This session tests a number of developmental characteristics in players, from the technical – multiple and varied touches and passes of the ball, position-specific work and handling pressure – to tactical linking with players in similar positions and game understanding linked to rules and conditions MORE
U11s defending game to recover a lost ball
If your players, rather than get hurt, turn their backs on the ball when they’re pressing in midfield take a look at this recovery game. I use recovery sessions where players must watch their own position and that of their team mates in getting back behind the ball to block it.
This takes their minds off the original problem of getting hit by the ball and turns the focus on getting back and blocking. I find players carry this into a game and focus more on where the player and the ball are going rather than getting out of the way of the ball.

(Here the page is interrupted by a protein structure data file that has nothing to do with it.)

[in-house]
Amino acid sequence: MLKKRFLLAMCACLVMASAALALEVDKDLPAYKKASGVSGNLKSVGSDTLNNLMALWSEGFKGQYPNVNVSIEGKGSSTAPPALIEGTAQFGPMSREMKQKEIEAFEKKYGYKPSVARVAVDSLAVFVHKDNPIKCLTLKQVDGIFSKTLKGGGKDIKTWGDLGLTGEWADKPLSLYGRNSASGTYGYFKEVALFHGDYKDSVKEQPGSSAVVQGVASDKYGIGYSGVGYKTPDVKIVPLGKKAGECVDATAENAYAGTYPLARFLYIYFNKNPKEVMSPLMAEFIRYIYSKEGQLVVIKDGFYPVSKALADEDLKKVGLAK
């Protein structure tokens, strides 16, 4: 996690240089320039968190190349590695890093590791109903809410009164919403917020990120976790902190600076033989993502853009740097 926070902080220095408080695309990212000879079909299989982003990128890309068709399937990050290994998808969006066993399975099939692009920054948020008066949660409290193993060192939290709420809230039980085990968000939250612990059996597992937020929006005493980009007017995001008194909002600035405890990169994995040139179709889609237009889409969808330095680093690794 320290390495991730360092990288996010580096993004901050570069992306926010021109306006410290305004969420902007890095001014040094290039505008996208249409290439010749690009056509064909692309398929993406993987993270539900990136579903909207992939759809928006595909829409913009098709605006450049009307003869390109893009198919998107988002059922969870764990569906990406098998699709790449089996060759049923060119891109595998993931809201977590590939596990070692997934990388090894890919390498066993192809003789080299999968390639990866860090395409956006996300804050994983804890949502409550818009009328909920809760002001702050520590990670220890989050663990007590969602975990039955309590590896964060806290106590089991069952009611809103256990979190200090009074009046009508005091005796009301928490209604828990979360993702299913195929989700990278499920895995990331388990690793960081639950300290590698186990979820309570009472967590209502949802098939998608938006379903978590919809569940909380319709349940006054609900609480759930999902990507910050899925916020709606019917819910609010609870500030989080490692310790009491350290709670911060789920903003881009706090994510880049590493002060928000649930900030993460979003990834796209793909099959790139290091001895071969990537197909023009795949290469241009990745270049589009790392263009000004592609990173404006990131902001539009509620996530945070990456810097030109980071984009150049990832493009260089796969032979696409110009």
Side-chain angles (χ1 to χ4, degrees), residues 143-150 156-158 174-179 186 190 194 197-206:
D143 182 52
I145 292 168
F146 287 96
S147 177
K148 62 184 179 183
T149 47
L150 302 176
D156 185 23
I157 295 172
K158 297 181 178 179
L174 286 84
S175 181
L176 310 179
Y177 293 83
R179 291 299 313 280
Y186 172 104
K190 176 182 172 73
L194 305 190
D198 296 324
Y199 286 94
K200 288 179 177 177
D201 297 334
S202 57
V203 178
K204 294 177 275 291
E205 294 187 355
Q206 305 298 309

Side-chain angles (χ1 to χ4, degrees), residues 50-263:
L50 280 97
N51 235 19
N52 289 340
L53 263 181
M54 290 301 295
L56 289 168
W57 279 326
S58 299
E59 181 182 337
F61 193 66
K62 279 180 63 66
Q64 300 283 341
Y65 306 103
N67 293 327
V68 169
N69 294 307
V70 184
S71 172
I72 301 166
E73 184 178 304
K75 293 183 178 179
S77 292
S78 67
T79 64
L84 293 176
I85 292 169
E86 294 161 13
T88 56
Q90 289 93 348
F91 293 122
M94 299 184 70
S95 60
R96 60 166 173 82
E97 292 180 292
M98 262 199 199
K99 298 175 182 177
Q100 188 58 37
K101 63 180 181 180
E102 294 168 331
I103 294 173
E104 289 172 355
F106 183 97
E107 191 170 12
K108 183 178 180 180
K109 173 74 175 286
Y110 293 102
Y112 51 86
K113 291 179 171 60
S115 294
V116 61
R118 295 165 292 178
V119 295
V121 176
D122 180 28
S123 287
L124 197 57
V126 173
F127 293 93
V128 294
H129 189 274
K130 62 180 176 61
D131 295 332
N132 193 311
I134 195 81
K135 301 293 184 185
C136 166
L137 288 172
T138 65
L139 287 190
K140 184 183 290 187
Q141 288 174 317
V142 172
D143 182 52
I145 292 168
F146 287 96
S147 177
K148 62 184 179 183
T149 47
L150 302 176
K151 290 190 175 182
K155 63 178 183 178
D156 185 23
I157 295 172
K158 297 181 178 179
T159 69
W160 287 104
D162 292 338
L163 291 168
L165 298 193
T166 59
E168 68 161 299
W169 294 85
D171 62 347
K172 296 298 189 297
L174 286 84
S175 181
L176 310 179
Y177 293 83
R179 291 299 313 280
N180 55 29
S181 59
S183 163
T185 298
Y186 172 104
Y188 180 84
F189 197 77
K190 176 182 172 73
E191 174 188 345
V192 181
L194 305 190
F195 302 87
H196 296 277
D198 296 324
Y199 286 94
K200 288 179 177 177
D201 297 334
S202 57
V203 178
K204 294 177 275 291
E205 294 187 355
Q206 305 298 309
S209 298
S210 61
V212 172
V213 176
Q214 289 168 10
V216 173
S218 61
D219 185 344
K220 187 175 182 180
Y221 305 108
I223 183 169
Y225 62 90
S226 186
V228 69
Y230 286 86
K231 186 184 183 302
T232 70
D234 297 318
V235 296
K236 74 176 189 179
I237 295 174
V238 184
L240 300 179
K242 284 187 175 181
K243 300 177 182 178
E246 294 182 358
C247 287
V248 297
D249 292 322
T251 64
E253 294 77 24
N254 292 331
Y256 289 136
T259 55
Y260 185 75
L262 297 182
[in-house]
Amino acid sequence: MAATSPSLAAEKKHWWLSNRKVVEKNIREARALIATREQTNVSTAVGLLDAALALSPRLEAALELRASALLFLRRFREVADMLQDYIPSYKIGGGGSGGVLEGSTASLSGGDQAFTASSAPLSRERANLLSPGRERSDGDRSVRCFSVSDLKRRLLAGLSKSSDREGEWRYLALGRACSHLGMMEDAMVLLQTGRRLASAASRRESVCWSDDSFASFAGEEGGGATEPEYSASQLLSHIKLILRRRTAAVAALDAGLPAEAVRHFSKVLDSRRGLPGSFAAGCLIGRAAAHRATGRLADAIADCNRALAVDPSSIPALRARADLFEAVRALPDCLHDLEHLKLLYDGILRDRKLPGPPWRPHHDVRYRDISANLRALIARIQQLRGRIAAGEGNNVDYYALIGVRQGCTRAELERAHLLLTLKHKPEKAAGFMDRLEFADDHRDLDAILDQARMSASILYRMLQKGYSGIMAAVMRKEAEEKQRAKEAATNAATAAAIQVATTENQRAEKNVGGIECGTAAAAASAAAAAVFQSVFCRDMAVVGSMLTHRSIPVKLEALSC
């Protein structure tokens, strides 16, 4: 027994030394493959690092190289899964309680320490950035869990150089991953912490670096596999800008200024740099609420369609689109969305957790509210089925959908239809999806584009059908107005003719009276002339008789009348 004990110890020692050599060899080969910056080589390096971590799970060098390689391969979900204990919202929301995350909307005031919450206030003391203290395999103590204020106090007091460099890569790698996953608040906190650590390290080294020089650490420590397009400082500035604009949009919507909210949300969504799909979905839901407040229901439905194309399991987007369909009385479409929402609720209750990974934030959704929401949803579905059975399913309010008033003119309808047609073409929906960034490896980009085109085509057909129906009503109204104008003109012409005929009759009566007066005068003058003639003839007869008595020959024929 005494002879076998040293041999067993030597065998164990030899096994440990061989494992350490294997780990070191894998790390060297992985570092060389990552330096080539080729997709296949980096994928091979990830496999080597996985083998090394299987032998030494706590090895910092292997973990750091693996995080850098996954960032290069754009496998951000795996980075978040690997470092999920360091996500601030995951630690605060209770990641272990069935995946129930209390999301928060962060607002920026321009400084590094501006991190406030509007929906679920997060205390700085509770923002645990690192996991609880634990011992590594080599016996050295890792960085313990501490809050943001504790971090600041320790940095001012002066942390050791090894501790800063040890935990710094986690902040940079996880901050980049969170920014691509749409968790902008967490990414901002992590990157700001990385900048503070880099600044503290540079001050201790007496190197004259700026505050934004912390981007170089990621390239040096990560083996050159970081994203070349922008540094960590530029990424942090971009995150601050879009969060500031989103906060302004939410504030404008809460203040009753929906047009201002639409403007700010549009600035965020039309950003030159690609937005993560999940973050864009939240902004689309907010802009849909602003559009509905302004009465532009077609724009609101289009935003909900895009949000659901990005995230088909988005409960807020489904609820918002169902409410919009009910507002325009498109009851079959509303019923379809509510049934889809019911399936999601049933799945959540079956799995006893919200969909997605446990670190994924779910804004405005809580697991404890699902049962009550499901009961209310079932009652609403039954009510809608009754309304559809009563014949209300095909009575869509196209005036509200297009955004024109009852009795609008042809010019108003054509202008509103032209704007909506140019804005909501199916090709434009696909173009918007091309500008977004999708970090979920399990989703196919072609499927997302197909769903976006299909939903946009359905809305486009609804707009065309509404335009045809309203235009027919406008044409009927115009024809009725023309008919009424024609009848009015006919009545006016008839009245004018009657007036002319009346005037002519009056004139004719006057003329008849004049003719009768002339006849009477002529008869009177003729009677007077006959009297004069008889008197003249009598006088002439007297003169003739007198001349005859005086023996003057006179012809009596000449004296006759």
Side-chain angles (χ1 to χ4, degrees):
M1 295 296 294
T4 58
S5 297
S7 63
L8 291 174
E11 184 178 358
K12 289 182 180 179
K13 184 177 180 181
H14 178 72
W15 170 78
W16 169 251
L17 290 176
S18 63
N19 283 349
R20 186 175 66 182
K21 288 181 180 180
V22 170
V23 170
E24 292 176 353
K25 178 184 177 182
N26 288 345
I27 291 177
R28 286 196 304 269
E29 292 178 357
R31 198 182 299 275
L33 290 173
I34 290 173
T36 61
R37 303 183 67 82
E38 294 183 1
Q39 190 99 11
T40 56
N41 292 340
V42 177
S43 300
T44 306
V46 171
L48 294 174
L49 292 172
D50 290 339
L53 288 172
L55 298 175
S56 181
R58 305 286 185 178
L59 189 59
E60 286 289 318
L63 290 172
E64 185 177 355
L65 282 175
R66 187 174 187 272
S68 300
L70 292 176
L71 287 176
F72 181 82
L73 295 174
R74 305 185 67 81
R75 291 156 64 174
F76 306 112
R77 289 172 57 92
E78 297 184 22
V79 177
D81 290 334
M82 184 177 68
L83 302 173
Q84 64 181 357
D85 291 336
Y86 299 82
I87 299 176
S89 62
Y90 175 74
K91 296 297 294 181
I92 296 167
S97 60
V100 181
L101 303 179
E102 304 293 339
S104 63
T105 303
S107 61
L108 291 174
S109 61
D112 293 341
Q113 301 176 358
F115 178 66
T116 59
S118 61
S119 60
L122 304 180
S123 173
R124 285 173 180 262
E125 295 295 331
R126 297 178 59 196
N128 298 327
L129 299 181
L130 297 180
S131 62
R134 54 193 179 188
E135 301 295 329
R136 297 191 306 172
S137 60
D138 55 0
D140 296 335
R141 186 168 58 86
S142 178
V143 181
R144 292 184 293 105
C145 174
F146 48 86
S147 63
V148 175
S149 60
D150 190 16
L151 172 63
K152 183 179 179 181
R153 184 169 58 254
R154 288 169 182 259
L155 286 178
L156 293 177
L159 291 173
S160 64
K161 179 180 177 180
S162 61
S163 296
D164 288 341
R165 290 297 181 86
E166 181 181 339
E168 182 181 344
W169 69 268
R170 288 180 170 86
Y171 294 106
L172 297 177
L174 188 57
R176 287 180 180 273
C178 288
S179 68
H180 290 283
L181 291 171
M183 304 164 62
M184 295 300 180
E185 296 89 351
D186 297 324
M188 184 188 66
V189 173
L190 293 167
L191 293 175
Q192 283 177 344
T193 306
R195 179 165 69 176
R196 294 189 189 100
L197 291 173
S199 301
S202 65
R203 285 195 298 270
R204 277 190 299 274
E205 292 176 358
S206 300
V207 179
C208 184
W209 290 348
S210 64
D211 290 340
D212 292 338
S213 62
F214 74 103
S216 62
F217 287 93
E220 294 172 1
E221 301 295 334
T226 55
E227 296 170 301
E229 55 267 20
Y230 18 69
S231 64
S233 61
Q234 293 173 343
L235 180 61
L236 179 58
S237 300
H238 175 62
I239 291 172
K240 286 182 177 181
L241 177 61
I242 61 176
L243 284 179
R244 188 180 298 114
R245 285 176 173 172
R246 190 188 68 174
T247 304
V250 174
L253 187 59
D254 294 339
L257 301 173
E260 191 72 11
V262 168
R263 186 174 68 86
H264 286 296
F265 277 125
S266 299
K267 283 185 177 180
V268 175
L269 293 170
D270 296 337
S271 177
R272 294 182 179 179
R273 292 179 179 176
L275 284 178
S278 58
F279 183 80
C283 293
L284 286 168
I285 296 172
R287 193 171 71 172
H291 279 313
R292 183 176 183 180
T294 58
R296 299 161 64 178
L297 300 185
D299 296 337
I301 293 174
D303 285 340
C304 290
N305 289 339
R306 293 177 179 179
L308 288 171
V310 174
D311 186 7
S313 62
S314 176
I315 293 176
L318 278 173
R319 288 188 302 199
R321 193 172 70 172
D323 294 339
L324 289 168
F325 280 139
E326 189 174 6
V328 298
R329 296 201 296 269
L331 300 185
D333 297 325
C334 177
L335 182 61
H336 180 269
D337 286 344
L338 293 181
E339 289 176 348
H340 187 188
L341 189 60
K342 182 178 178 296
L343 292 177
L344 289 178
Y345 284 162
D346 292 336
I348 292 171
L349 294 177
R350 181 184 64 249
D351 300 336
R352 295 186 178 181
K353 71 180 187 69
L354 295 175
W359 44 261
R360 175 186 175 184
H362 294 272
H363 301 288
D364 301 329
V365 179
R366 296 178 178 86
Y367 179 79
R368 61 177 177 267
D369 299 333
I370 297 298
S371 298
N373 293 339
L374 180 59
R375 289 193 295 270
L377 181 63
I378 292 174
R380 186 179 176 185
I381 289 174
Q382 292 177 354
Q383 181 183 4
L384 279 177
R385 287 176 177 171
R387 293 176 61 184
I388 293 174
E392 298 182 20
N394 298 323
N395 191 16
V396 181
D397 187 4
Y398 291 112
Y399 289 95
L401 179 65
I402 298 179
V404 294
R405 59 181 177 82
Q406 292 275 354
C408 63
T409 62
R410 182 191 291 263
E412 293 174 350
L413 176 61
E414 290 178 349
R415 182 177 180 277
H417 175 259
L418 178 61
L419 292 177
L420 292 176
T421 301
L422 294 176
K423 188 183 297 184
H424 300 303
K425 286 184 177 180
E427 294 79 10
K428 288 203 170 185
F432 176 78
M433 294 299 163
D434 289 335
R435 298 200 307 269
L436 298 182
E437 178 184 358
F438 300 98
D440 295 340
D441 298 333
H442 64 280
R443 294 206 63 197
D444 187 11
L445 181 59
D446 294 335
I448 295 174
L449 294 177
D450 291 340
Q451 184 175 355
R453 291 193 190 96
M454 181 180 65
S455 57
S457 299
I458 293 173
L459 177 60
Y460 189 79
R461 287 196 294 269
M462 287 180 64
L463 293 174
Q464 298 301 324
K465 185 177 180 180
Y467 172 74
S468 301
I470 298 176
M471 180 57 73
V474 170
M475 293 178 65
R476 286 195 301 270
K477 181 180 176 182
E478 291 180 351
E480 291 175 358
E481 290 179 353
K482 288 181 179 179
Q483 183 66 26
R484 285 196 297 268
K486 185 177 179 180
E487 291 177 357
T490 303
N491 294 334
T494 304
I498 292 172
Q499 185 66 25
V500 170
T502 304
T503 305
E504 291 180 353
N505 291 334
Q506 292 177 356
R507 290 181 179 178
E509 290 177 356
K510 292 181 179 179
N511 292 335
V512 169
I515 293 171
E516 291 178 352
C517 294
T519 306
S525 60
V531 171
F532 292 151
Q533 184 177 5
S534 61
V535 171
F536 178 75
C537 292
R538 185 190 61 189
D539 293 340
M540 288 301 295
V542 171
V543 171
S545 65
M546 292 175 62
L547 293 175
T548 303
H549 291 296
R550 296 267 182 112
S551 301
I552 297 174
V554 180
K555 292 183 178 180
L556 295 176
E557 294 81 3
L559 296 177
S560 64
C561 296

Focus is vital so they shouldn’t turn their backs on the ball.
1. Use half your normal pitch coned off along the edge of the penalty area. Use normal goals, with one on the halfway line and with a keeper in each goal.
2. Play a 3v3 (plus keepers). The defending team starts with a player next to the opposition’s goal. He is the recovering player, leaving 3v2 on the pitch.
3. The attacking team (with three players on the pitch) starts the game with a pass out from the keeper. This is the signal for the recovering player to move.
4. The two defenders must back off from the attackers, covering the central areas of the attacking zone in front of goal. With the defenders backing off, it makes it difficult for the attackers to penetrate through the central area and forces them wide.
5. The recovering defender must decide whether to cover space behind the defenders or, as here, to track runners moving to receive a pass.